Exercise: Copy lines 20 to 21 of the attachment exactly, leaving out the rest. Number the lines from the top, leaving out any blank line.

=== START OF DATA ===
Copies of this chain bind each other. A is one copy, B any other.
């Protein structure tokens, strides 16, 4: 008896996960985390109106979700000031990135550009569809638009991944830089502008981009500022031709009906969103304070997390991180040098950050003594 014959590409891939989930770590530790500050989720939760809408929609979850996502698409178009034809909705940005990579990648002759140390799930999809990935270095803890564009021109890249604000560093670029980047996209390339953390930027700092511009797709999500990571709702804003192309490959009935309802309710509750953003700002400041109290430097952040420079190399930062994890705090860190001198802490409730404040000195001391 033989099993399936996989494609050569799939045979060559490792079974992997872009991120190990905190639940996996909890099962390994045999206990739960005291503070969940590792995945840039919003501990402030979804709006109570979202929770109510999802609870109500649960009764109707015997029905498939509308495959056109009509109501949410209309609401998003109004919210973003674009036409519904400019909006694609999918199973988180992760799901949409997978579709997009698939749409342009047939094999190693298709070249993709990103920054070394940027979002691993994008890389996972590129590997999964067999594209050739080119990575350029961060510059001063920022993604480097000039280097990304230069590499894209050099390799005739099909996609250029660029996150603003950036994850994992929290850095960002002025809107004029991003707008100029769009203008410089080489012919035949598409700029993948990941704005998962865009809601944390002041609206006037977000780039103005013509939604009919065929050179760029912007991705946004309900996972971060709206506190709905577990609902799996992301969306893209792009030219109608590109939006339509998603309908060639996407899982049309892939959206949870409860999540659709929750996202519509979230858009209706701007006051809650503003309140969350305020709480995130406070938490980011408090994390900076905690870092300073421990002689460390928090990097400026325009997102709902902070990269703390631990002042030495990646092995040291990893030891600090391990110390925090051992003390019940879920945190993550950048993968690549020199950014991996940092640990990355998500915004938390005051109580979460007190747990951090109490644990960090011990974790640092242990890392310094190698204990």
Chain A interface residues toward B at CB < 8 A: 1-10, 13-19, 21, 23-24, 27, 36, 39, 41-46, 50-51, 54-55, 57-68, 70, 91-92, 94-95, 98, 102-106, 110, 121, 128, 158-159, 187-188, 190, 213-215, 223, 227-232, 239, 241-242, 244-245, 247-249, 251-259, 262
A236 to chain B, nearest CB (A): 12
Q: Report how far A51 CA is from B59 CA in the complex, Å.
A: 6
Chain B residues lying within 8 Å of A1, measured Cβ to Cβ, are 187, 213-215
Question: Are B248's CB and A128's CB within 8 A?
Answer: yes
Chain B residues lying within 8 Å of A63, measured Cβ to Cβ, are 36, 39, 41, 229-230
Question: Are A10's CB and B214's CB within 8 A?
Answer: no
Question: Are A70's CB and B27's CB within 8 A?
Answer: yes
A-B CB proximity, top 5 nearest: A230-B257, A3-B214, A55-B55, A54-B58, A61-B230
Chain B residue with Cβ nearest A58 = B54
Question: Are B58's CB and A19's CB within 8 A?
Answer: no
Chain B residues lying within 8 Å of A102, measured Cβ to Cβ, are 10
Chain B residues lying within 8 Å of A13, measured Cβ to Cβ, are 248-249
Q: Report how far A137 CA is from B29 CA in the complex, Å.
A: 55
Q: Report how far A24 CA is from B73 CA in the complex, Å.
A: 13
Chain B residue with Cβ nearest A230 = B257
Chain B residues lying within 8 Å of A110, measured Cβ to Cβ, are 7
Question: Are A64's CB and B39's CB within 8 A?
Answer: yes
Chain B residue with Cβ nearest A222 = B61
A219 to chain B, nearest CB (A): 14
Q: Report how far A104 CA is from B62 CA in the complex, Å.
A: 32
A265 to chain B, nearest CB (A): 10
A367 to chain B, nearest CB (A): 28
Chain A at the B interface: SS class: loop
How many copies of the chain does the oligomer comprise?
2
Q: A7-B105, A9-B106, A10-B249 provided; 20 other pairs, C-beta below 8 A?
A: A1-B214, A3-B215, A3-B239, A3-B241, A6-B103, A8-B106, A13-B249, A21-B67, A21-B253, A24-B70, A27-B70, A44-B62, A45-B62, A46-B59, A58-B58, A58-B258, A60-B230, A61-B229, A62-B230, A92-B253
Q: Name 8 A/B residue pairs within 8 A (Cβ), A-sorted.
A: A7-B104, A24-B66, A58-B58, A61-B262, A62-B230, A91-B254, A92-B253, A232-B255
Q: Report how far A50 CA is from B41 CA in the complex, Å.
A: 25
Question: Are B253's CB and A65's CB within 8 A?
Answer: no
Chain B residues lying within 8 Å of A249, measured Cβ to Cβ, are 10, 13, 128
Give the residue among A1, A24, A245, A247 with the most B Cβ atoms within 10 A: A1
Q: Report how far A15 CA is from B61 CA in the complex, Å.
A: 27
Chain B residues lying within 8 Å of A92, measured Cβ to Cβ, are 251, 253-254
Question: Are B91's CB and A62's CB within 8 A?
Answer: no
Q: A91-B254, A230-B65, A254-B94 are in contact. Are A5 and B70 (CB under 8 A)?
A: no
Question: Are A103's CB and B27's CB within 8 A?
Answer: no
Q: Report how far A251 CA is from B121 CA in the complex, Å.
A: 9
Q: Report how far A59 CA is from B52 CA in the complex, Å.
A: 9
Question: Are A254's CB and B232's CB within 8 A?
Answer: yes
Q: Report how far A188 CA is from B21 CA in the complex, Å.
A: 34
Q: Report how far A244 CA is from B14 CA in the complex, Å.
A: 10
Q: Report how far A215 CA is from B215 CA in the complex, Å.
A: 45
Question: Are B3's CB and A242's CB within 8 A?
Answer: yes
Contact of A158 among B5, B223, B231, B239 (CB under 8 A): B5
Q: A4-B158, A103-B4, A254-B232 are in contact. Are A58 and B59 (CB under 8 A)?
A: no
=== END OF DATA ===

Chain B residues lying within 8 Å of A13, measured Cβ to Cβ, are 248-249
Q: Report how far A137 CA is from B29 CA in the complex, Å.